S v HJ

  • This case dealt with the conviction of an accused, who was a Malawian national convicted on immigration offences, who was believed to be 18 however during the sentencing proceedings was found to in actual fact be 17 at the time. Therefore the matter was sent on special review to the High Court.
  • On review the court set aside the conviction on the basis that the provisions of the Child Justice Act 75 of 2008 had not been compiled with.  The court further held that in the instances, regard had to be had to the accused’s circumstances namely that he was a minor foreign child who had been orphaned and that diversion from the criminal justice system was appropriate and thus had to be investigated as an appropriate sentence.
  • The matter was therefore remitted to the court a quo to commence de novo.

 S v XM and Another

  • This case dealt with the diversion processes for two minor’s in which the Director of Public Prosecutions claims the children were incorrectly diverted in terms of the Child Justice Act and that gross irregularities in the procedure of such diversion had been committed.
  • The court held that the children were charged with schedule 3 offences, the most serious in the Child Justice Act. Accordingly only the Director of Public Prosecutions could indicate, in writing, whether diversion was appropriate and that such may only be done if there are exceptional circumstances in existence which are determined by the National Director of Public Prosecution’s directives. Furthermore the court noted that the court a quo in determining the type of diversion applicable had awarded the incorrect diversion option.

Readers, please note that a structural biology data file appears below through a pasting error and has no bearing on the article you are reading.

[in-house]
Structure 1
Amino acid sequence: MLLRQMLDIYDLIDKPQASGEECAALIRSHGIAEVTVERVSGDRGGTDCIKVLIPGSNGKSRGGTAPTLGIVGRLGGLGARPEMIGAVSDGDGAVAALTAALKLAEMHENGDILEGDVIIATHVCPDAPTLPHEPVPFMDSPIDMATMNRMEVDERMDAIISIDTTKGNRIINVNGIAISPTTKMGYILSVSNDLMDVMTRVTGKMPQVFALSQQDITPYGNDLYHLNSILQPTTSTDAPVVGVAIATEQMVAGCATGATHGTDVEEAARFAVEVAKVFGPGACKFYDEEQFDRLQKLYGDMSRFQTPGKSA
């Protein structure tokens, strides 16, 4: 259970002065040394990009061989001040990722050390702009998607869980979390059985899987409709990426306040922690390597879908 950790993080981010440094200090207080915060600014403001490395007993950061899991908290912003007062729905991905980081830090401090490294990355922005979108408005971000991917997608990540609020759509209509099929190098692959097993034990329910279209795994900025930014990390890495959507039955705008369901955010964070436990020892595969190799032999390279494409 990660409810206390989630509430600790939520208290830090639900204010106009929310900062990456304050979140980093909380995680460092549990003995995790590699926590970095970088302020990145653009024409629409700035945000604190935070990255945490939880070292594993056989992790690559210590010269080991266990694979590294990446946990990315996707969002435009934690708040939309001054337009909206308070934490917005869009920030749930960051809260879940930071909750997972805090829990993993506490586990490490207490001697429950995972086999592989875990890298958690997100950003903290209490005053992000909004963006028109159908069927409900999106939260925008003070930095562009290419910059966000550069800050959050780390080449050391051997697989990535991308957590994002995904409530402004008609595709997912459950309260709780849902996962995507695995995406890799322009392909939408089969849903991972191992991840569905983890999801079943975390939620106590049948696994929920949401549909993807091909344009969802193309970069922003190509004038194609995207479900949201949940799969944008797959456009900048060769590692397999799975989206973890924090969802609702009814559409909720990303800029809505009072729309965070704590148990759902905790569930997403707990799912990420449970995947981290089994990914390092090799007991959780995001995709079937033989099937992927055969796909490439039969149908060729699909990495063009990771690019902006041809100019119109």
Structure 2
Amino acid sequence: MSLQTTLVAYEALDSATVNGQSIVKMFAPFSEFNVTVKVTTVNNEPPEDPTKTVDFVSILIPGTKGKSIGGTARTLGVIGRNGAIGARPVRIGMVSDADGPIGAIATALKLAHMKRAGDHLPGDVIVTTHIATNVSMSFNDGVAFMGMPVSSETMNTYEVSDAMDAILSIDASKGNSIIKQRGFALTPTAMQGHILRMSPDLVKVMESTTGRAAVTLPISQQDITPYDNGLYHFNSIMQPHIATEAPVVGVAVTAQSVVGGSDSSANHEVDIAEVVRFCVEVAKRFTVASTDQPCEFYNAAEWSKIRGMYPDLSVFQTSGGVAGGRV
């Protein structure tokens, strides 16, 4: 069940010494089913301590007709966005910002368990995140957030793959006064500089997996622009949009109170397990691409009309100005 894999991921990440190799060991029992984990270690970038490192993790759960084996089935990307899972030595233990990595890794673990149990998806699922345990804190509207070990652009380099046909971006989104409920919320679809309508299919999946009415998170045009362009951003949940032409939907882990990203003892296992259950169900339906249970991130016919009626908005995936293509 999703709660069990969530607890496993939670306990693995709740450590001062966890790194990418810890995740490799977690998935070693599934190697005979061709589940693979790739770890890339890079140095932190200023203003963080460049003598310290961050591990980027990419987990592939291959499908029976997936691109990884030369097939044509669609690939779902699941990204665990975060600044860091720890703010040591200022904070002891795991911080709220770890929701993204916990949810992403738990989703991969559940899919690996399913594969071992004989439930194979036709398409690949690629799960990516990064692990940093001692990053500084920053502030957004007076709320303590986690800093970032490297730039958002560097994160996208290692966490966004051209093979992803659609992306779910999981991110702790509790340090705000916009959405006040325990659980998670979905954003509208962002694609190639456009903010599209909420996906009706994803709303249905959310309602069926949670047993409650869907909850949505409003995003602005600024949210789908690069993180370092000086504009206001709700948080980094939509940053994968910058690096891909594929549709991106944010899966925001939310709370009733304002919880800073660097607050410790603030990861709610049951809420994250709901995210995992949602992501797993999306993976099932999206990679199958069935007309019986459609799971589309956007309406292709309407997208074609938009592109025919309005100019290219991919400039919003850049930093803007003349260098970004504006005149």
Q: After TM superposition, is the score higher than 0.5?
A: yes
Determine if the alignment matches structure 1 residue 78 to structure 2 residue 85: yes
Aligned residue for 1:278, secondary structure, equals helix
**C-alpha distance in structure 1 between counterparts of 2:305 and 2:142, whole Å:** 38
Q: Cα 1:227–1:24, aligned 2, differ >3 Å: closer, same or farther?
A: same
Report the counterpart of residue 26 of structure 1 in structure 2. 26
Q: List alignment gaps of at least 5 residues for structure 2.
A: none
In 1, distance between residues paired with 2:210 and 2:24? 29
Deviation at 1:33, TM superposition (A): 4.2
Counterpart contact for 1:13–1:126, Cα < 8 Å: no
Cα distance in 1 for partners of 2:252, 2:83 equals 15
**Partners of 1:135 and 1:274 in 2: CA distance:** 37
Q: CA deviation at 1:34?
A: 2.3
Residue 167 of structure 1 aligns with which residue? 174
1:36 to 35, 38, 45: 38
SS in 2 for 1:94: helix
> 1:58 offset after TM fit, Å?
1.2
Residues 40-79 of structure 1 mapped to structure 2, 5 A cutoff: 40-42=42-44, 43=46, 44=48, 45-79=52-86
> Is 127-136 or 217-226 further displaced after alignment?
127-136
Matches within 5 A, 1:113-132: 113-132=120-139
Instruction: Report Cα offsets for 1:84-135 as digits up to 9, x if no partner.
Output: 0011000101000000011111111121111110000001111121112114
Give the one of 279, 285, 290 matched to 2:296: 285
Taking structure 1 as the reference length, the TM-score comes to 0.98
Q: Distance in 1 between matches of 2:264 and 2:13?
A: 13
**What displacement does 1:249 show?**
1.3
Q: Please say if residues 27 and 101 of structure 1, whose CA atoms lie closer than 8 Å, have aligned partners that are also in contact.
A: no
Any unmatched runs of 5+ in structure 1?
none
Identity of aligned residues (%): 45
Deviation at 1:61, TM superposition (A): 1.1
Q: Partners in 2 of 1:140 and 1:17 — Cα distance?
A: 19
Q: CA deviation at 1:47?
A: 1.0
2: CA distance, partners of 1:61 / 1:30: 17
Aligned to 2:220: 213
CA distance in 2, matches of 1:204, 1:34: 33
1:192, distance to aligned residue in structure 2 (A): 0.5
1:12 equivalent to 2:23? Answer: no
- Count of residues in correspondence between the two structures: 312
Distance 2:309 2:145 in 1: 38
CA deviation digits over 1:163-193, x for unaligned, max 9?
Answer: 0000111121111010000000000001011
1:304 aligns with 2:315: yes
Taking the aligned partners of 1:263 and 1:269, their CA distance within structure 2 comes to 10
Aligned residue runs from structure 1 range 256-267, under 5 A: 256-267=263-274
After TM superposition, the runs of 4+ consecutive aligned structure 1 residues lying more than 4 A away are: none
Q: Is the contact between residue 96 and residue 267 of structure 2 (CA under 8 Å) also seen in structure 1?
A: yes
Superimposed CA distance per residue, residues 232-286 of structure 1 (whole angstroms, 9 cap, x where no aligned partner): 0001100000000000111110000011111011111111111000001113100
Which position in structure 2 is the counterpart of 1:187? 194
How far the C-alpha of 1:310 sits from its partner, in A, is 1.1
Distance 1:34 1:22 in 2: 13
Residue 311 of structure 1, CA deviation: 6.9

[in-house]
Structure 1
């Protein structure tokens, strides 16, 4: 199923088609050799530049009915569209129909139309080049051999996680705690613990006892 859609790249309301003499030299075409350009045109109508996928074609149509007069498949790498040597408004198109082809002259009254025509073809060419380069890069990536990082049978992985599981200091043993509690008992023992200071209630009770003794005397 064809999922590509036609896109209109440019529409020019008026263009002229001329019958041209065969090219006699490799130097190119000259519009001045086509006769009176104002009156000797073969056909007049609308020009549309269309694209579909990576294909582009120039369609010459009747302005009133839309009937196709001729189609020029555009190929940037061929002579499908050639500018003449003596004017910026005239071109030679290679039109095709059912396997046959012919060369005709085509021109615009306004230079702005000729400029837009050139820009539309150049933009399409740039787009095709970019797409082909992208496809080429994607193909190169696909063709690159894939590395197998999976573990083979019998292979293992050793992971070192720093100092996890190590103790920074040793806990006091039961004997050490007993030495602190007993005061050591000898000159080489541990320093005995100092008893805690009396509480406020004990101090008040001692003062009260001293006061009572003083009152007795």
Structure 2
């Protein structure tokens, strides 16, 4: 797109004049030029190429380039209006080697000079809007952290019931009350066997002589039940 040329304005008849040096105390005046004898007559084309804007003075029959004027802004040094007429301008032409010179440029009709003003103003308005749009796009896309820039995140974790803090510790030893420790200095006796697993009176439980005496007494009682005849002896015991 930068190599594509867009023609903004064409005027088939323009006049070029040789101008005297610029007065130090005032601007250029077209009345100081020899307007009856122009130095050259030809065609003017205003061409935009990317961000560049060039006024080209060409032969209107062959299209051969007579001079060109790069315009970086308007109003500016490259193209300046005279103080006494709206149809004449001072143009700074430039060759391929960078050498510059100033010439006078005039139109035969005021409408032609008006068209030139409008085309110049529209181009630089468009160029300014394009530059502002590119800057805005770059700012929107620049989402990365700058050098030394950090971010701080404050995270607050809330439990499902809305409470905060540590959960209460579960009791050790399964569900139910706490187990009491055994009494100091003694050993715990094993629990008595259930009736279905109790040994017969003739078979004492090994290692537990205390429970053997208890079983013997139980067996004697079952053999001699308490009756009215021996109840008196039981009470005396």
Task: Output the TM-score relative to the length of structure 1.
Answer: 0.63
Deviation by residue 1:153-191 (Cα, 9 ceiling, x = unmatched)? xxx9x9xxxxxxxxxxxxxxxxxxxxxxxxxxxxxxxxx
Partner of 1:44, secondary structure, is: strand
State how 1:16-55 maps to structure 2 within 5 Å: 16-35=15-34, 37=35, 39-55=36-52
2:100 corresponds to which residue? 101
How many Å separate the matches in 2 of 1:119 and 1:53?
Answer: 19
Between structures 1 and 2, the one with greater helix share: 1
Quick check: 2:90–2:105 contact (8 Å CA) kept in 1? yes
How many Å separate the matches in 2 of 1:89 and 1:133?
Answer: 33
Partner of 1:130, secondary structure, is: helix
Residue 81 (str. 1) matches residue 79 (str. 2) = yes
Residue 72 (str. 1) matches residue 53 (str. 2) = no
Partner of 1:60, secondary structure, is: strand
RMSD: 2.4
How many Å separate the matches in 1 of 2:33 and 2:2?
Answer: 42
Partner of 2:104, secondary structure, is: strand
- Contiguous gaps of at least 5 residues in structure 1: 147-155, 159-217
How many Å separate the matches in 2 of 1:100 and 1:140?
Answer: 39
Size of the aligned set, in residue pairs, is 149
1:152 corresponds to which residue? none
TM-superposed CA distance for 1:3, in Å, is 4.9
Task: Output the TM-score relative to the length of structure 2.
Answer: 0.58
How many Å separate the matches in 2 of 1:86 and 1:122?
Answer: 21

• The failure to obtain such written consent from the Director of Public Prosecutions together with the awarding of the incorrect diversion option was a fatal irregularity and thus had the effect of spoiling the proceedings.
  • Therefore the diversion orders were set aside and the matters referred back to the Director of Public Prosecutions to determine if prosecution should be required, and if so, a preliminary enquiry would have to take place in terms of the Child Justice Act.

S v Mthethwa

  • This case dealt with the appropriateness of an 18 year sentence together with and 8 year sentence imposed on a 16 year old for convictions of murder and attempted murder respectively.
  • In this instance the court held that the mitigating factors reflected that the accused suffered a life of neglect, as the accused’s mother had abandoned him, and that the court a quo had attached too little weight to his age and the prospects of attaining rehabilitation coupled with the fact that he was a first time offender.
  • Therefore, in these instances, the sentence was reduced to 12 years for murder and 5 years for attempted murder to run concurrently.

S v Ndzola and Another 

  • The case at hand dealt with the appropriateness of a 15 year imprisonment sentence, 3 years of such was conditionally suspended for 5 years, for the conviction of murder.
  • The court held that the court a quo was required in such instances to exercise its wide sentencing discretion sympathetically in order to determine a suitable sentence for the accused and that the court was required to take both the minors immaturity and the existence of peer-pressure surrounding the offence into account in reaching such a sentence.
  • Therefore the court altered the sentence to 10 years imprisonment for the first appellant and 8 years imprisonment for the second appellant.

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